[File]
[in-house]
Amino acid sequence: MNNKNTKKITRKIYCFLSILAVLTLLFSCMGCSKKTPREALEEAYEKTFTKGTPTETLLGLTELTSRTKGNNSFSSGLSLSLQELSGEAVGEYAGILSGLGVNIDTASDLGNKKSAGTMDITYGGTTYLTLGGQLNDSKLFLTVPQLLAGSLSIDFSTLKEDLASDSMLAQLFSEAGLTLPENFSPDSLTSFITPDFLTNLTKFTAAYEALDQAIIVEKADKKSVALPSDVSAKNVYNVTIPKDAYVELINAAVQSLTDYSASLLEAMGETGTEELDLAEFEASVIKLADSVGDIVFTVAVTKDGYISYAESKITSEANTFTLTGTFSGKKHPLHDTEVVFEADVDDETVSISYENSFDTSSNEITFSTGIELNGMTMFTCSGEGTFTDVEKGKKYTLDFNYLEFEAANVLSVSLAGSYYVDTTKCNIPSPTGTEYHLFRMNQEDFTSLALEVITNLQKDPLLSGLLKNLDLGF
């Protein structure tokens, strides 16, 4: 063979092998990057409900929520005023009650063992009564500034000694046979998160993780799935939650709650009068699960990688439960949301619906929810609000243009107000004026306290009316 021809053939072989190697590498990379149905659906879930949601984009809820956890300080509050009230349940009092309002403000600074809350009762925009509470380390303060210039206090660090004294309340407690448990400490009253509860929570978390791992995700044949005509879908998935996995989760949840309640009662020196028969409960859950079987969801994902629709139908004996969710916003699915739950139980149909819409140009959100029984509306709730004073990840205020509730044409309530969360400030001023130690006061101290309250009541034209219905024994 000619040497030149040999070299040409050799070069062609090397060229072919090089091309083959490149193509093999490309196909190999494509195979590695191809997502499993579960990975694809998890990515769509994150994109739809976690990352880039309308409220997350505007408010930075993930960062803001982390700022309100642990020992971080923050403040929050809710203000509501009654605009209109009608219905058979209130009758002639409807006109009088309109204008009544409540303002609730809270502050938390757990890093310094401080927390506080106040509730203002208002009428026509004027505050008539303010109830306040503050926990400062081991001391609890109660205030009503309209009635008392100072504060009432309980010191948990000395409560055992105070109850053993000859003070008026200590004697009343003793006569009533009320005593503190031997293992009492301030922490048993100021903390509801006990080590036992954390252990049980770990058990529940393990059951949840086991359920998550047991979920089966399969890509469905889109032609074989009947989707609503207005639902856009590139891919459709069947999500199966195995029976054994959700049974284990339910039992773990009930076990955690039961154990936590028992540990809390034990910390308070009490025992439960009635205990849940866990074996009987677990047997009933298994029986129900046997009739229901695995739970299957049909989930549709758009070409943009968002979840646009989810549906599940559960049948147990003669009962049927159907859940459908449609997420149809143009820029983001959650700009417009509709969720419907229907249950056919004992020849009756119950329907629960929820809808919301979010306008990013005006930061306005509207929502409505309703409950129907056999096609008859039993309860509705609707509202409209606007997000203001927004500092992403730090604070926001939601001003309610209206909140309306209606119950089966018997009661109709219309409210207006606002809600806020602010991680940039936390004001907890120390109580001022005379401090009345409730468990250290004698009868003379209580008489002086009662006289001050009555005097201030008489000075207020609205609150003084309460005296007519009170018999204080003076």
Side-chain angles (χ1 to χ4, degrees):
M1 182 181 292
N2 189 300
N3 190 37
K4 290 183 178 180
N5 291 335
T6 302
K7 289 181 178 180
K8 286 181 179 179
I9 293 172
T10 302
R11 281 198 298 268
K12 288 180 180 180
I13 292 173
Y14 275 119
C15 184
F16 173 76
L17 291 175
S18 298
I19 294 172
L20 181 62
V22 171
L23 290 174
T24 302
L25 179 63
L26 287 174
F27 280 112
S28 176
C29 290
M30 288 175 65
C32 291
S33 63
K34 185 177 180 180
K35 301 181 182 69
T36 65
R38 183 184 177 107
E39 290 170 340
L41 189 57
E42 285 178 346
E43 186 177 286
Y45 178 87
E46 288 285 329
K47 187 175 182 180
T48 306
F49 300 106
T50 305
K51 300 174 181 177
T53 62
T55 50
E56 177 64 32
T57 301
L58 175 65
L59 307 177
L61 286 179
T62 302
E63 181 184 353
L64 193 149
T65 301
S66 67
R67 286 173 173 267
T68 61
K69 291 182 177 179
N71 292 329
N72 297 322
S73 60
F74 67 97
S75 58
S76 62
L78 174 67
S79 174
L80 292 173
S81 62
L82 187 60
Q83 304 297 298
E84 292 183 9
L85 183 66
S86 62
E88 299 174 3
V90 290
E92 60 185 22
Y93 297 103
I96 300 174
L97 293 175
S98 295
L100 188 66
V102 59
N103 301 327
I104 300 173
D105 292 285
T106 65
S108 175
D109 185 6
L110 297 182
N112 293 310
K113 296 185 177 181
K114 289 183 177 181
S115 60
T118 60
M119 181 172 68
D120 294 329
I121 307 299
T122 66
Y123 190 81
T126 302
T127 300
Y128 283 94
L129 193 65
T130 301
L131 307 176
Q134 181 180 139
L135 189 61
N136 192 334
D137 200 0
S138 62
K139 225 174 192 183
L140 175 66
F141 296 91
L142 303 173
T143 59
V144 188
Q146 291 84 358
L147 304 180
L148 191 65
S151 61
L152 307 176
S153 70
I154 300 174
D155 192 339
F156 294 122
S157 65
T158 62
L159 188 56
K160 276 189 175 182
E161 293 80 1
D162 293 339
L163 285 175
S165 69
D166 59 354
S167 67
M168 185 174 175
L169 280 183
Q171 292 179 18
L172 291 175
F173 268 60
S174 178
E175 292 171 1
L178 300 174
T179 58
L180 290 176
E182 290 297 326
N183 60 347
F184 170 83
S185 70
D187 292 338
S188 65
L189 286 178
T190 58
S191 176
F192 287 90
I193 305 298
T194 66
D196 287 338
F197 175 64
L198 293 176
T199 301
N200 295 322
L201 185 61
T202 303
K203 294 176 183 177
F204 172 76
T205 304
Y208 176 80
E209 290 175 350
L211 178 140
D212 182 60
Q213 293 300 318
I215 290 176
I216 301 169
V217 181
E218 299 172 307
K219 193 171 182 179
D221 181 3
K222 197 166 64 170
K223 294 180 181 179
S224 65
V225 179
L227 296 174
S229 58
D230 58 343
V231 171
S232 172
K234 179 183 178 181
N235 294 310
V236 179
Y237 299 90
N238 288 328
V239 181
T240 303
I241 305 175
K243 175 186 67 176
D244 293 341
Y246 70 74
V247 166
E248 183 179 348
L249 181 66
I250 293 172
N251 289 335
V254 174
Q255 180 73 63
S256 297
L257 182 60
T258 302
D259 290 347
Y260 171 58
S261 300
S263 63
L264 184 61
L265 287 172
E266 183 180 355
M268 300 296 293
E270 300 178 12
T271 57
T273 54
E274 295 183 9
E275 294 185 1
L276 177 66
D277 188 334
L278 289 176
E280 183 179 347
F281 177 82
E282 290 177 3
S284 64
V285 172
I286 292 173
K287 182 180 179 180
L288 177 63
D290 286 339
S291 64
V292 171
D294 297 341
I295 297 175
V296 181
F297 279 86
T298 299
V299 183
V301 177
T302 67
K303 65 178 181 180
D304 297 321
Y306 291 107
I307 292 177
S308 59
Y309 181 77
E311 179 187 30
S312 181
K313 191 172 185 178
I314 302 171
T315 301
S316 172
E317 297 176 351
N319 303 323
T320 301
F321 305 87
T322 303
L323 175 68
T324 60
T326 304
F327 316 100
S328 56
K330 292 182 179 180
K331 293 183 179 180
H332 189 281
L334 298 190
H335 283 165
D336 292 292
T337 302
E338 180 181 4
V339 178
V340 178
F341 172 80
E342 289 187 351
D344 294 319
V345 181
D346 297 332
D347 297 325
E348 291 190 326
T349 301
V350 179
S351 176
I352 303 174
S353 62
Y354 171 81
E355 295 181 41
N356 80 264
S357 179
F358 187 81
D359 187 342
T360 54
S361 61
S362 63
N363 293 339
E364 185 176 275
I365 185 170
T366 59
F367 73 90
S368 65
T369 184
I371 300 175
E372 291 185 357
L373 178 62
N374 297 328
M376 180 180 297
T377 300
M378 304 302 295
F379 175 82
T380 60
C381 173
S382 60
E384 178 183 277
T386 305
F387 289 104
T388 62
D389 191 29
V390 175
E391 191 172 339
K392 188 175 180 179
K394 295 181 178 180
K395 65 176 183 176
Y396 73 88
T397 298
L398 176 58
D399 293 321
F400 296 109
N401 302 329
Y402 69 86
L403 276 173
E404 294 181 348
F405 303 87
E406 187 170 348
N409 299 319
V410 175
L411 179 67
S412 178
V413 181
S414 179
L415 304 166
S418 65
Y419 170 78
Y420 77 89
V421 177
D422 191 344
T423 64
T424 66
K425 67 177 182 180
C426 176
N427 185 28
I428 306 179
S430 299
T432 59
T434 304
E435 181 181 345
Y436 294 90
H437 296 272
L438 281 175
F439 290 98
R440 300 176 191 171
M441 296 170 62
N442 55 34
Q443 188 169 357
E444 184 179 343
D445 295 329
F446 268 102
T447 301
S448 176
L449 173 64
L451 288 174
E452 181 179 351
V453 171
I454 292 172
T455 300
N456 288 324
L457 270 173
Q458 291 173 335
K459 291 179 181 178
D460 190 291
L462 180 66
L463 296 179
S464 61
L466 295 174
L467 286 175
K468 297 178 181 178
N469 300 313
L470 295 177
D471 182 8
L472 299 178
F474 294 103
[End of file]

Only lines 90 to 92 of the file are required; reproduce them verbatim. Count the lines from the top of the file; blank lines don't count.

N103 301 327
I104 300 173
D105 292 285